Saturday, June 27, 2009

London, Day 5 - The Conclusion

Although my trip spanned a week I really only had five days in London, one of which was eaten up waiting for luggage.  I didn't have nearly enough time to see everything that I wanted to, but that just means that I will have to go back!  I am thinking about next Spring, and Les will have to go with me.  I think he'll love it there.

Anyhow, on my last full day in London I tried to cram in as much as possible. K had to work in the morning so I was on my own for a bit.  My first destination of the day was the Tower of London.  I was fascinated by this place because of the books I've read recently: Through a Glass Darkly, The Other Boleyn Sister, and The Boleyn Inheritance, all which have parts that took place at the Tower of London.

Traitor's Gate

A Beefeater

The Tower Green - Execution Site

Actors depicting scene's from Henry VIII's reign

A glimpse of the Tower Bridge

The White Tower

New & Old

More Old & New

After a couple of hours touring the Tower of London I made my way to The Monument, "a 202 foot hollow column that is Wren's tribute to the Great Fire that gave him a blank canvas on which to create modern London" (Rick Steves' London 2009)

 The Monument

More New & Old near The Monument

After viewing The Monument I started walking toward St. Paul's Cathedral.

St. Mary-le-bow Church

In the courtyard outside St. Mary-le-bow

A glimpse of St. Paul's Cathedral

Temple Bar Gate by Christopher Wren

A bit of the Temple Gate, a bit of St. Paul's

 St. Paul's Cathedral

More St. Paul's

And more St. Paul's

K finished up work around 1pm and met up with me on the step of St. Paul's Cathedral.  We continued on foot, taking in the sights, sounds, and smells of London.

The entry to Twining's Tea, first opened in 1717

Royal Courts of Justice

More Royal Courts of Justice

Our next visit was to the Courtald Gallery.  My attraction to this gallery was Degas.  I love Degas.


After an hour or two at the gallery K & I made our way to Starbucks for some refreshment. Frapuccinos in hand we walked to a nearby park to enjoy our treats and give our feet a rest.  Once rested we made our way back to Harrods, so I could see what I missed a couple of days before.  Such a cool store!  I didn't buy anything (shocking that my budget doesn't really have room for shopping at Harrods) but I especially loved the Food Halls.  The gourmet foods available were beautiful, smelled wonderful and were a feast for my eyes.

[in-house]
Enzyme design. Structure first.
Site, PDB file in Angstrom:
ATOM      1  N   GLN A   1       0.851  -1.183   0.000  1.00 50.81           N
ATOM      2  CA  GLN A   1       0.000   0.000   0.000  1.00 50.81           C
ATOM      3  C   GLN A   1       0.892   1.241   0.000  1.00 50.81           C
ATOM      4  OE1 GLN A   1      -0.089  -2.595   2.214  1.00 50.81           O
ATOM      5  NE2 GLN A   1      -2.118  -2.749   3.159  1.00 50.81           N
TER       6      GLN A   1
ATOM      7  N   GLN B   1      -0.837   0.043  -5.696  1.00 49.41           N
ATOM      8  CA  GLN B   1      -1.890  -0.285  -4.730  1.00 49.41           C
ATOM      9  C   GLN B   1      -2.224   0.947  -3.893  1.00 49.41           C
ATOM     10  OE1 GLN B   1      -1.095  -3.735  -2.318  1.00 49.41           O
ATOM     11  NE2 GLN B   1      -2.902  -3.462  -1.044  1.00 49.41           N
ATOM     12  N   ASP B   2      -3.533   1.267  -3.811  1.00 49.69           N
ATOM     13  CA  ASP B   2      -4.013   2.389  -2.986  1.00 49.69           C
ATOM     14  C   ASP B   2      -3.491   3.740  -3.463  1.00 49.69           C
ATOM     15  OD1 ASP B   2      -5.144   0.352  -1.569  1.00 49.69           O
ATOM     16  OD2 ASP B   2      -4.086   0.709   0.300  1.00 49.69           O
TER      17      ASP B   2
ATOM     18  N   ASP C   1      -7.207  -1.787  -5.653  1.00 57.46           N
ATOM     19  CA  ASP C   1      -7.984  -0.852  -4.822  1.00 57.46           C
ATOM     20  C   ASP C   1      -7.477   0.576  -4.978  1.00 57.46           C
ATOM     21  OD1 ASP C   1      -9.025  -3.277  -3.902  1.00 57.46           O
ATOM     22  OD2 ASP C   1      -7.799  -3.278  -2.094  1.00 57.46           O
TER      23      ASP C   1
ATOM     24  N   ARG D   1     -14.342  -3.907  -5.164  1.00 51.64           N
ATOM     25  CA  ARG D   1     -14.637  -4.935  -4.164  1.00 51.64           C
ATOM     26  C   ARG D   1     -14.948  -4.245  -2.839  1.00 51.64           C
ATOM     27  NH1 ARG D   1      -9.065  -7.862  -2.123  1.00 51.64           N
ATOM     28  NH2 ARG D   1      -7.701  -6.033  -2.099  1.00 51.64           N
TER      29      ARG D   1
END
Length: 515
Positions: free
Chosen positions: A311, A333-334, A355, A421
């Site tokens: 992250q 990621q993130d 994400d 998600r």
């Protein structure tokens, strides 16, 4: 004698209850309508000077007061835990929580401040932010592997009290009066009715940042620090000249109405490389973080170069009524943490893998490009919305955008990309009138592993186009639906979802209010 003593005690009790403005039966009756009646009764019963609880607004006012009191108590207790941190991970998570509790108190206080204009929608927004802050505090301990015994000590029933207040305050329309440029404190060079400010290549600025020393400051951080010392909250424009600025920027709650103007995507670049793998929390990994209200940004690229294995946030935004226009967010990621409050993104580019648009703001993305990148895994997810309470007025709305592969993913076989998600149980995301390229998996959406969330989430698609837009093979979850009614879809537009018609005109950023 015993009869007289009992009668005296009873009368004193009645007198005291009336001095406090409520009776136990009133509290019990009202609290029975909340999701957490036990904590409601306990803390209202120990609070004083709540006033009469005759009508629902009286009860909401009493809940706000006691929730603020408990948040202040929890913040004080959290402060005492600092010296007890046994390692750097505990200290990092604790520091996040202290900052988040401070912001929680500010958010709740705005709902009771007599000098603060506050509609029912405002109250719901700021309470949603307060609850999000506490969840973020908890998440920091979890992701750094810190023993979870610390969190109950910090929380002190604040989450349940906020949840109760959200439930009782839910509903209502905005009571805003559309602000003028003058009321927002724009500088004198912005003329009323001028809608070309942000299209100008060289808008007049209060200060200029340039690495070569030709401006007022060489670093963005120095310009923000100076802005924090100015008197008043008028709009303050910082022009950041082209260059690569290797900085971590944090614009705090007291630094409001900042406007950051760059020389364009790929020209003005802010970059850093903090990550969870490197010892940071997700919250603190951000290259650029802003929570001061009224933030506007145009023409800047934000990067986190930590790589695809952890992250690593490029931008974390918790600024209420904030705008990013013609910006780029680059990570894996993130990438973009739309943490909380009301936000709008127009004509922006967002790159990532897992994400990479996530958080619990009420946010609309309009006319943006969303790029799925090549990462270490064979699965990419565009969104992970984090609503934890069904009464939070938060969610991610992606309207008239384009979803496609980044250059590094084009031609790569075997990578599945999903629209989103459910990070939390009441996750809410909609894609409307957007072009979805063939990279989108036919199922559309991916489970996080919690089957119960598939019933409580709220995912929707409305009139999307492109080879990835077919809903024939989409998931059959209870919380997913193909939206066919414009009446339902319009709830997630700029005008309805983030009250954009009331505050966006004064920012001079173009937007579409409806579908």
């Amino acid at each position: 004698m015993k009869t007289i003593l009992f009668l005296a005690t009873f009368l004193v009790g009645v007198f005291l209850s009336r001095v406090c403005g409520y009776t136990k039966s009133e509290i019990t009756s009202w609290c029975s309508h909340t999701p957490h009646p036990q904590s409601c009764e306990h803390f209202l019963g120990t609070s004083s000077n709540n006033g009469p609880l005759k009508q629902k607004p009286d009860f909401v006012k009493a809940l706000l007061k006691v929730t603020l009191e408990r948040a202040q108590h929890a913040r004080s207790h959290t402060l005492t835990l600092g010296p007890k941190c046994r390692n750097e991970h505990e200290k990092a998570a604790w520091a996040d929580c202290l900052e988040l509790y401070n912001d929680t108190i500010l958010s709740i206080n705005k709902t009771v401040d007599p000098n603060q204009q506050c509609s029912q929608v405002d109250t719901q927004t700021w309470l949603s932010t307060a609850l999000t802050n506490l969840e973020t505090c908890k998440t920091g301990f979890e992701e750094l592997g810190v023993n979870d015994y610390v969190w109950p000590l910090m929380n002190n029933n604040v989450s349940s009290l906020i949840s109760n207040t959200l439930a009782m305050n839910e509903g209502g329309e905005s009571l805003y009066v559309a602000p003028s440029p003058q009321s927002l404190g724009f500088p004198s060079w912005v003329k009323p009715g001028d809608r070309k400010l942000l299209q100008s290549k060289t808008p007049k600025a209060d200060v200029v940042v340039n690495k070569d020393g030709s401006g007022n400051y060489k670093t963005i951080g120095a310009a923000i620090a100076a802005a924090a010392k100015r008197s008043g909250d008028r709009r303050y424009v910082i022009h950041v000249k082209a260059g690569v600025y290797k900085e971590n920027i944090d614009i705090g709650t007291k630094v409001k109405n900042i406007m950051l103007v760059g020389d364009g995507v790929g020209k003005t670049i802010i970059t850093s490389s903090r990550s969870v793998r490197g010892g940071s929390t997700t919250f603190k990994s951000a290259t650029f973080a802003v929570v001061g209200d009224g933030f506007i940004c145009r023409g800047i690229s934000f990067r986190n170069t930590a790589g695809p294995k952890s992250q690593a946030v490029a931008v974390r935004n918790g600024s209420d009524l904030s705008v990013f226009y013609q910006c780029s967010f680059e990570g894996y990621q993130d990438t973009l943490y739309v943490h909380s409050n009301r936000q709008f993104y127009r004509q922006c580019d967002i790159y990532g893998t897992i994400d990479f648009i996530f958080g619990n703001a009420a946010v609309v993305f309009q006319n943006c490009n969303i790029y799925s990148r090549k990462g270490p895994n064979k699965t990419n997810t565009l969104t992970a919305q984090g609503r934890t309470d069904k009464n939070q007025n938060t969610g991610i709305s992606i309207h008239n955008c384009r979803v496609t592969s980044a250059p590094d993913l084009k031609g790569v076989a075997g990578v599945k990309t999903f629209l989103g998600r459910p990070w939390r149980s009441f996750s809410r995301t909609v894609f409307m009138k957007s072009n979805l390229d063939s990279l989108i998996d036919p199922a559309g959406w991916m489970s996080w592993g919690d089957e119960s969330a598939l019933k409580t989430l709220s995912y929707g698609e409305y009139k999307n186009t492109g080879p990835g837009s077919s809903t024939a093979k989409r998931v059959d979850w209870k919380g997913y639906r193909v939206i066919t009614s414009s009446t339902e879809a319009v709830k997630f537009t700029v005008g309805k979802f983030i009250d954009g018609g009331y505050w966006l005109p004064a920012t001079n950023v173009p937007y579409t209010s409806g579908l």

After Harrods K & I headed to the London Eye.  I so wanted to ride up to the top and take in the view at sunset, but of course it was my luck that they were closed for routine maintanance that day.  Bummer!  Yet another reason to return to London.  I took a lot of pictures from the ground, though because it really is an amazing structure.

From the area near the London Eye I was able to get great views of Big Ben & Parliament.

HDR Processed


Too soon the day was winding down and it was time to head toward dinner.  J was meeting K & I there.  We went to the same pub that we went to on the first night for beer and fish & chips.  A great way to start & end my time in London!  I love London and I can't wait to go back.  I could easily live there.

London, Day 4

On my 4th day in London, Monday, I took off on my own (K & J had to work) and headed toward Salisbury and Stonehenge.  The train ride was uneventful, about 2 hours.  I listened to my ipod and watched the countryside and towns go by.

Once I arrived in Salisbury I boarded a tour bus that runs every 1/2 hour for Stonehenge.

Field after field of beautiful poppies on the way to Stonehenge

As the bus pulled up to Stonehenge I noticed a group of druids lined up outside of the circle.  The previous day had been Summer Solstice.  Once I was off the bus and up to the stones the Druids had moved into the circle and were having some sort of ceremony.  Kind of cool on on hand, but slightly annoying because they are in almost all of my pictures.  Avoiding pictures of other tourists was hard enough!  Oh well.

Stonehenge was quite a sight to see, I'm so glad I went.  Looking at those stones, so ancient, so huge, it just blows my mind. It still seems a bit surreal that I was there just a few days ago.  When I was done absorbing Stonehenge I boarded another bus and headed into the town of Salisbury.

One of Salisbury's claims to fame is its cathedral.  The spire of the Salisbury Cathedral is the tallest Medieval Spire in Britain, and one of the tallest in the world (3rd or 4th, I think).

Salisbury Cathedral

Another view of the Salisbury Cathedral

Inside the Cathedral

The world's oldest mechanical working clock from 1386, inside the cathedral

Cathedral Interior
HDR Processed

Stained Glass inside the Cathedral

The Salisbury Cathedral also has a copy of the Magna Carta on display.  Only 4 of these documents from 1215 still survive. Sadly no photos were allowed in that room.

Salisbury Cathedral Facade

After wandering the cathedral I went in search of some lunch, a very late lunch.  On the way I admired some of the gardens of the homes near the cathedral.

After lunch I grabbed a coffee and then caught the next bus back to the train station.  After a short wait I was on my way back to London. I returned to the flat to find that K had already cooked dinner and had opened a bottle of wine.  We ate a delicious risotto, sipped our vino, chatted, & watched some TV.  Another great day in the UK!